When publishing a paper with several authors, one of these should also be listed as corresponding author. Often, there are two corresponding authors when a paper is published – one before and one after publication.
The corresponding author before publication is the co-author who submits the manuscript. This co-author is also responsible for all correspondence with the journal, and for making sure the reviewers get an answer to all questions they might have during the review process.
The corresponding author after publication is the co-author listed as corresponding author on the title page of the submitted manuscript. This co-author is responsible for answering questions and requests from the public and the research community after publication.
When a PhD student publishes a paper, it is common that the PhD student him/herself is the one to submit the manuscript and to be responsible for correspondence with the journal during the submission and review process. However, it is rather unusual for a PhD student to be listed as corresponding author in the paper. The one being listed as corresponding author in the paper should preferably be someone with a permanent position, who will be available for answering questions also several years after the paper has been published.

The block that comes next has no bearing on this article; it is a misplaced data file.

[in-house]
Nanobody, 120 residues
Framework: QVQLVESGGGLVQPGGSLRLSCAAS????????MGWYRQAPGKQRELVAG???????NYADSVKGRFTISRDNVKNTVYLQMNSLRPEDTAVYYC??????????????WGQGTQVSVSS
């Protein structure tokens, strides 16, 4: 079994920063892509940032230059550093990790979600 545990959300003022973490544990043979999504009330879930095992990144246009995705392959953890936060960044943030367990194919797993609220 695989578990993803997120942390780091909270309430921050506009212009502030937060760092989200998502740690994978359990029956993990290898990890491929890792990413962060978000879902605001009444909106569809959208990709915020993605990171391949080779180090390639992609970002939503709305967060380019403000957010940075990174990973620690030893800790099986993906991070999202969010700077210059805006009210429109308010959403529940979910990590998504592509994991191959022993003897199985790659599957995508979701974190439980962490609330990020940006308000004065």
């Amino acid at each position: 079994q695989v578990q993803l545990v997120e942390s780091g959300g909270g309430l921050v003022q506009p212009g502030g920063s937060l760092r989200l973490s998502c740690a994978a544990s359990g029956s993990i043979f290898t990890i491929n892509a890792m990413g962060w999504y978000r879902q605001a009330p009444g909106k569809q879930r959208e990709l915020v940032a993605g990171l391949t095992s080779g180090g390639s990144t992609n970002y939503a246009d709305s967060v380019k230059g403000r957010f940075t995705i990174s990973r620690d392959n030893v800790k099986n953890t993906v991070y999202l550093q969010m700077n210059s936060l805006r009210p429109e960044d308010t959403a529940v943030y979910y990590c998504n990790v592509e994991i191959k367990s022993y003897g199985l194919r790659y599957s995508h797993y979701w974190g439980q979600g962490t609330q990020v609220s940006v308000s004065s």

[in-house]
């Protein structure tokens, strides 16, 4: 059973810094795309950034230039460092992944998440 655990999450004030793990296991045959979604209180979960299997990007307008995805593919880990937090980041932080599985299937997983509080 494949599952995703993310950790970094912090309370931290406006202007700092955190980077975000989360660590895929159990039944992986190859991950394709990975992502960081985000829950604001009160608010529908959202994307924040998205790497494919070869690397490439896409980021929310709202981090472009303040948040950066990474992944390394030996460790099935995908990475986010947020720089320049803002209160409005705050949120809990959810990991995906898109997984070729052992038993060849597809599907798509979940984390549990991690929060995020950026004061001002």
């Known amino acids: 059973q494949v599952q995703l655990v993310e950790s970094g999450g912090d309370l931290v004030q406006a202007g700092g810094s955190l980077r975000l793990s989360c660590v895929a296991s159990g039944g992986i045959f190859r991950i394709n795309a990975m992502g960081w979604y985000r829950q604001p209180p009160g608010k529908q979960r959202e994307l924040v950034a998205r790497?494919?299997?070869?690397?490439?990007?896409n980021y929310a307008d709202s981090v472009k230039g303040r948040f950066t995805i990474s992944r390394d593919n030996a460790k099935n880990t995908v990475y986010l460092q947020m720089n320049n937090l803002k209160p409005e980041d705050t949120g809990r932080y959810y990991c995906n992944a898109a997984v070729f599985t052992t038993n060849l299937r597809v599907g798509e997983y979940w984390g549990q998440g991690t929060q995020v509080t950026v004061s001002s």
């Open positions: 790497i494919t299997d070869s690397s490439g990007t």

The Vancouver recommendations do not say anything about who has the right to be last author or corresponding author. This, the co-authors must agree on themselves. The last author and the corresponding author is often the same person. However, this is not a written rule, and if it is more convenient, a co-author that is not the first or the last author, could perfectly well be listed as the corresponding author.
Doctoral thesis - declaration of co-authorship #
If you are writing a doctoral thesis containing articles with co-authors, your co-authors must hand in signed declarations of co-authorship. The declaration should contain a description of your and the co-authors' contribution to the article. It is of particular importance that your independent contribution can be identified. The declaration includes consent to the article being included in your thesis.
Useful links about authorship #
- Authorship and co-authorship – theme page made by the Norwegian National Research Ethics Committees
- What makes a co-author? - article in the Journal of the Norwegian Medical Association (in Norwegian)
- Co-authorship and research contributions - case study from NTNU's Ethics Portal (in Norwegian)